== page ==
Today, Braille documents are usually produced on computers using a Braille embosser. Braille can also be written by hand using plates and a stylus, but this is somewhat cumbersome.

Business and Disability Discrimination Act (1995) and the Equality Act (2010)

The Disability Discrimination Act of 1995 made it “unlawful to discriminate against people in respect of their disabilities in relation to employment, the provision of goods and services, education and transport.” It has since been replaced by the Equality Act of 2010, which requires UK businesses to make certain accommodations and adjustments for blind and visually impaired employees and customers.  In some cases, this would include making signs and documents accessible in Braille.

What’s next?

Braille is most commonly used by those who were born blind or lost their sight at a young age. The majority of blind or partially sighted people in the UK have lost their sight later in life. Many of those people don’t use Braille because there is a bit of a learning curve. They might prefer to use large print (if they have enough vision), screen magnifiers, video magnifiers or screen readers that read words aloud.

However, around 18 -20,000 people in the UK do use Braille. And while new audio technologies have made it possible to browse the internet and listen to books without learning Braille, the system still has an important place in the lives of blind and partially sighted people.

For example,  there are definitely some practical applications that can’t yet be replaced by audio technology. Including Braille on packaging, especially medication, can help blind and partially-sighted people identify what’s inside. With Braille, they don’t have to rely on other people to tell them if they aren’t sure.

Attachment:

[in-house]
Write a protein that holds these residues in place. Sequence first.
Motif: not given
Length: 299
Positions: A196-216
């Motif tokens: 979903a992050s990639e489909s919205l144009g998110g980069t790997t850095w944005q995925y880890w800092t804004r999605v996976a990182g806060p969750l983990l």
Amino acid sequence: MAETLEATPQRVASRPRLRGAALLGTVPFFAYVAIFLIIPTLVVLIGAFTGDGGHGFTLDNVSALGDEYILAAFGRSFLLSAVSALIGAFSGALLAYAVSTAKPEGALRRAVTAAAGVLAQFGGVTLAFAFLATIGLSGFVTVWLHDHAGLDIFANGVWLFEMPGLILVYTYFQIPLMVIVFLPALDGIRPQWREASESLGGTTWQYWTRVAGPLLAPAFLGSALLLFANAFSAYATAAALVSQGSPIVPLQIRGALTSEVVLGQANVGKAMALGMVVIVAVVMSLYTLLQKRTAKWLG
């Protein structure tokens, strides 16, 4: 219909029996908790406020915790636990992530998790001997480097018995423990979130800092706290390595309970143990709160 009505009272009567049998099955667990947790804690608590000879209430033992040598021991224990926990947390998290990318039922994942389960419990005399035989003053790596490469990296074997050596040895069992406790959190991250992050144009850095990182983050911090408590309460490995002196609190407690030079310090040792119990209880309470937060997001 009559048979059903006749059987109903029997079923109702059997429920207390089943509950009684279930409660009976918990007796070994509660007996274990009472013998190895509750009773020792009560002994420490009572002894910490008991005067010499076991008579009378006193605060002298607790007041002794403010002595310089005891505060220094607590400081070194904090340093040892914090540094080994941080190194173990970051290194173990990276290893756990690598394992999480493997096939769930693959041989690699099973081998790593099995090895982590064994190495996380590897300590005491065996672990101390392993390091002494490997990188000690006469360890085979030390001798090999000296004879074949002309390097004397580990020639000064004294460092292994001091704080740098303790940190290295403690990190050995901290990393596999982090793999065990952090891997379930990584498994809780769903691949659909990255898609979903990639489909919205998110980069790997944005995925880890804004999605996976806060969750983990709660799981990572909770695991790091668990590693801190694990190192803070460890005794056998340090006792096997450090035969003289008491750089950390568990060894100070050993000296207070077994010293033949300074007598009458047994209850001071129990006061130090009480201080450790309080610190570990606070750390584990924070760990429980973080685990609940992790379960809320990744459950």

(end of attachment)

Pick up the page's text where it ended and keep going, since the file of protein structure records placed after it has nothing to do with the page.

Meanwhile, last year, the new £10 note rolled out. It features Braille-like raised dots to help blind and partially-sighted people more easily identify the denomination.

Is Braille still necessary?

And while some blind people argue that audio and voice recognition technologies are making Braille irrelevant, others argue that blind people are losing out by not being able to read and write independently. Some educators argue that students educated using Braille are better able to write clearly than students who rely exclusively on oral and audio technology.   Plus, that technology is often expensive to access and not available in poorer countries. At least one study also shows that blind adults who learned Braille in school were better able to find jobs than those who did not.

So, technological advances aside, the need for Braille documents is unlikely to go away anytime soon.

Braille Translation Options for Your Organisation

Need help making your documents accessible to everyone? K International offers Braille translations of all sorts of documents to help you engage with and accommodate customers and employees alike. Want more information on how your organisation can benefit from the same quality Braille translation services used by multiple government departments? Contact us today!

Braille Keyboard for Tablets

For several years, smooth, sleek touchscreens have dominated the tech gadget world. Touchscreens are said to be more intuitive than other input methods, as even infants instinctively know how to use them.

However, the touchscreen revolution has left one group of people sitting on the sidelines: those who can’t see the shiny screen or its colorful array of icons.  Now, a research team participating in a development competition at Stanford University has created the first-ever touchscreen Braille keyboard.

Stanford Professor Adrian Lew, one of three researchers on the team, told the BBC that the application developed during the competition could be a big help to the visually impaired once it becomes widely distributed:

“Imagine being blind in the classroom, how would you take notes? What if you were on the street and needed to copy down a phone number? These are real challenges the blind grapple with every day.” Read more